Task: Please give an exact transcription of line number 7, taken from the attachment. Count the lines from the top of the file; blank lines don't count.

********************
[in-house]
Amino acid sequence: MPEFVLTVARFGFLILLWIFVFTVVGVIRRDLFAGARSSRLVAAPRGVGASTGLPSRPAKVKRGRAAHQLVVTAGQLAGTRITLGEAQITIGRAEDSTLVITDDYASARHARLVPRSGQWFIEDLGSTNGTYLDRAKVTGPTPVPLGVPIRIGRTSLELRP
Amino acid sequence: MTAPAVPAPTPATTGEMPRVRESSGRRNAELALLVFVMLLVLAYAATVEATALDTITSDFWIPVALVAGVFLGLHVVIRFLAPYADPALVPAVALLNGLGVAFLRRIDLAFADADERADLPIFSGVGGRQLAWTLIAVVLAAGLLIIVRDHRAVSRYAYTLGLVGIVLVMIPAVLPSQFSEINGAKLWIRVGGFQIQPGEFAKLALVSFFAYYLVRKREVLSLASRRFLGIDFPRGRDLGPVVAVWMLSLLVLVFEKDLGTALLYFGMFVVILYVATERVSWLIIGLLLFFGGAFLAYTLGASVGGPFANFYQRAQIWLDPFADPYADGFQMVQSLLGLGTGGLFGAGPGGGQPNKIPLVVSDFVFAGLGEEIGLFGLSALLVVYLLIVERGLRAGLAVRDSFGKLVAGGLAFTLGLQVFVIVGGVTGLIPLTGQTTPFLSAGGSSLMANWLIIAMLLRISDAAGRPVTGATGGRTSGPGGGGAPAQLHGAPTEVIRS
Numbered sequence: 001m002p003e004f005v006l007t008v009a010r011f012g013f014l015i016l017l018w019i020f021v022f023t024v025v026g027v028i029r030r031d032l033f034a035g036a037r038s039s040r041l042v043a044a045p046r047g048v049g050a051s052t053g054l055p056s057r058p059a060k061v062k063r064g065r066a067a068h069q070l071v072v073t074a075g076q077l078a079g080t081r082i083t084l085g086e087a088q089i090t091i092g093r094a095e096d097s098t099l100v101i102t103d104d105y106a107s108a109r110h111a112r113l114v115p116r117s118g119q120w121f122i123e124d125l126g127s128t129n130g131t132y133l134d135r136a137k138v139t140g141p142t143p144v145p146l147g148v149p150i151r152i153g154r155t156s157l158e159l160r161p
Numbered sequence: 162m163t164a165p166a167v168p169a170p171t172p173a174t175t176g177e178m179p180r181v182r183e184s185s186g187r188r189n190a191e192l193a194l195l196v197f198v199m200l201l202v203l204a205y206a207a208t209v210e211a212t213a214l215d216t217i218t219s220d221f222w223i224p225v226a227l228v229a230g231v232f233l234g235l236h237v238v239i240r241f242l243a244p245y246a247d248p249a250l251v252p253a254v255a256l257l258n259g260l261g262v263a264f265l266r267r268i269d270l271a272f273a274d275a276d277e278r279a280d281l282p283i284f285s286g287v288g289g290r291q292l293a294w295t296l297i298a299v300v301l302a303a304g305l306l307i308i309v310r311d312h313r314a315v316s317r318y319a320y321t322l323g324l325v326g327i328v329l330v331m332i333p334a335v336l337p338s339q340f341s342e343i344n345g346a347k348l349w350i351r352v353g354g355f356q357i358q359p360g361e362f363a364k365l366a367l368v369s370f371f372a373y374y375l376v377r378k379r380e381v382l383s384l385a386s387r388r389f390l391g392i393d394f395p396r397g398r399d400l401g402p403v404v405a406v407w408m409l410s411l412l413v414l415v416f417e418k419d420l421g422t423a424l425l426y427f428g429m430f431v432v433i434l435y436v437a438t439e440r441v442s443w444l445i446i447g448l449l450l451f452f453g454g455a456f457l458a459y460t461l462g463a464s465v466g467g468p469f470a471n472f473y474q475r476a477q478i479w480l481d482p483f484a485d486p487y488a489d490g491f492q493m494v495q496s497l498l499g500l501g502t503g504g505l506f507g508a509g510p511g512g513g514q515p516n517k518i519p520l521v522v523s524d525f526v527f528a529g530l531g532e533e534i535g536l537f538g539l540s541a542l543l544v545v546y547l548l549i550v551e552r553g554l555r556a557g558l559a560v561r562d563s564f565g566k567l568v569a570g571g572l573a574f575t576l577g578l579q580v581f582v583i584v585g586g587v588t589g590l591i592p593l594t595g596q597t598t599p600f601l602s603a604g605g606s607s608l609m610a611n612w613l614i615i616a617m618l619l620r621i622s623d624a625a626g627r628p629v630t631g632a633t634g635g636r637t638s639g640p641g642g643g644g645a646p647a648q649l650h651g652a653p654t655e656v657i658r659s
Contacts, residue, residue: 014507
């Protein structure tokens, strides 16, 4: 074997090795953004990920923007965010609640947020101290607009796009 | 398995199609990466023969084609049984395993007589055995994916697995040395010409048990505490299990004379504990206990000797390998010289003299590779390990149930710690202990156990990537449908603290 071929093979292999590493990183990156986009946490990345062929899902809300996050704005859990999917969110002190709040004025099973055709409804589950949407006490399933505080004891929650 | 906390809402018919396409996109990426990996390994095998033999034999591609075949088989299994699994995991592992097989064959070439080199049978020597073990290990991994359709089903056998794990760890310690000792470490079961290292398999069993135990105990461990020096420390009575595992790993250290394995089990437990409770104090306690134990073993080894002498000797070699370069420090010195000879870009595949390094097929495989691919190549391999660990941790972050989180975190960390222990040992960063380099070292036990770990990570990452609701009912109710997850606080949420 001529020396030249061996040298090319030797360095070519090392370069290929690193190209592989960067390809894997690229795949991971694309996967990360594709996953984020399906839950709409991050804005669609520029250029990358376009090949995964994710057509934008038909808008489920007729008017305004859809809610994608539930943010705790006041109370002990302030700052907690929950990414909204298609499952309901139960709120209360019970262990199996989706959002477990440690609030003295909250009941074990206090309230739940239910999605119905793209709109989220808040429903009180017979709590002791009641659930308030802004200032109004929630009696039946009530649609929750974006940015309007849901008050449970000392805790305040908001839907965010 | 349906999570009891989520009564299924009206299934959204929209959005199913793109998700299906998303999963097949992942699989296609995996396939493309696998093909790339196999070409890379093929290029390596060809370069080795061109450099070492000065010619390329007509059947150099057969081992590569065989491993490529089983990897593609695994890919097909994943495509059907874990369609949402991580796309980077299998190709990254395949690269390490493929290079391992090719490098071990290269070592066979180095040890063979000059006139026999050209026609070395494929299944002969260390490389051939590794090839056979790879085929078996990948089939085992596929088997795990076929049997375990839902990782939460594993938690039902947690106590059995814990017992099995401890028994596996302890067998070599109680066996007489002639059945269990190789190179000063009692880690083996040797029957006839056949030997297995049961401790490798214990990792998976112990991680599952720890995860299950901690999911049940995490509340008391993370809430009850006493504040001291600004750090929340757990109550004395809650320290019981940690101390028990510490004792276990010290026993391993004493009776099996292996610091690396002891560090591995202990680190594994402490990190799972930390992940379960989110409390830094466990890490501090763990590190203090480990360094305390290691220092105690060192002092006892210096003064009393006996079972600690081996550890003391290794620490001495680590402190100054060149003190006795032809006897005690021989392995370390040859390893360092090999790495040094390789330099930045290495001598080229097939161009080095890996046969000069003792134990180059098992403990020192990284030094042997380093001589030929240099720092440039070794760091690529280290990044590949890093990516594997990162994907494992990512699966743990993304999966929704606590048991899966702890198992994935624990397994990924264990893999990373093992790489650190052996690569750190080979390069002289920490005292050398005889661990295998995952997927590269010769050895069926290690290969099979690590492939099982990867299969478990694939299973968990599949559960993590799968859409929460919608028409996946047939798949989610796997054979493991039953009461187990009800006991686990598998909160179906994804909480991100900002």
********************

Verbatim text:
């Protein structure tokens, strides 16, 4: 074997090795953004990920923007965010609640947020101290607009796009 | 398995199609990466023969084609049984395993007589055995994916697995040395010409048990505490299990004379504990206990000797390998010289003299590779390990149930710690202990156990990537449908603290 071929093979292999590493990183990156986009946490990345062929899902809300996050704005859990999917969110002190709040004025099973055709409804589950949407006490399933505080004891929650 | 906390809402018919396409996109990426990996390994095998033999034999591609075949088989299994699994995991592992097989064959070439080199049978020597073990290990991994359709089903056998794990760890310690000792470490079961290292398999069993135990105990461990020096420390009575595992790993250290394995089990437990409770104090306690134990073993080894002498000797070699370069420090010195000879870009595949390094097929495989691919190549391999660990941790972050989180975190960390222990040992960063380099070292036990770990990570990452609701009912109710997850606080949420 001529020396030249061996040298090319030797360095070519090392370069290929690193190209592989960067390809894997690229795949991971694309996967990360594709996953984020399906839950709409991050804005669609520029250029990358376009090949995964994710057509934008038909808008489920007729008017305004859809809610994608539930943010705790006041109370002990302030700052907690929950990414909204298609499952309901139960709120209360019970262990199996989706959002477990440690609030003295909250009941074990206090309230739940239910999605119905793209709109989220808040429903009180017979709590002791009641659930308030802004200032109004929630009696039946009530649609929750974006940015309007849901008050449970000392805790305040908001839907965010 | 349906999570009891989520009564299924009206299934959204929209959005199913793109998700299906998303999963097949992942699989296609995996396939493309696998093909790339196999070409890379093929290029390596060809370069080795061109450099070492000065010619390329007509059947150099057969081992590569065989491993490529089983990897593609695994890919097909994943495509059907874990369609949402991580796309980077299998190709990254395949690269390490493929290079391992090719490098071990290269070592066979180095040890063979000059006139026999050209026609070395494929299944002969260390490389051939590794090839056979790879085929078996990948089939085992596929088997795990076929049997375990839902990782939460594993938690039902947690106590059995814990017992099995401890028994596996302890067998070599109680066996007489002639059945269990190789190179000063009692880690083996040797029957006839056949030997297995049961401790490798214990990792998976112990991680599952720890995860299950901690999911049940995490509340008391993370809430009850006493504040001291600004750090929340757990109550004395809650320290019981940690101390028990510490004792276990010290026993391993004493009776099996292996610091690396002891560090591995202990680190594994402490990190799972930390992940379960989110409390830094466990890490501090763990590190203090480990360094305390290691220092105690060192002092006892210096003064009393006996079972600690081996550890003391290794620490001495680590402190100054060149003190006795032809006897005690021989392995370390040859390893360092090999790495040094390789330099930045290495001598080229097939161009080095890996046969000069003792134990180059098992403990020192990284030094042997380093001589030929240099720092440039070794760091690529280290990044590949890093990516594997990162994907494992990512699966743990993304999966929704606590048991899966702890198992994935624990397994990924264990893999990373093992790489650190052996690569750190080979390069002289920490005292050398005889661990295998995952997927590269010769050895069926290690290969099979690590492939099982990867299969478990694939299973968990599949559960993590799968859409929460919608028409996946047939798949989610796997054979493991039953009461187990009800006991686990598998909160179906994804909480991100900002």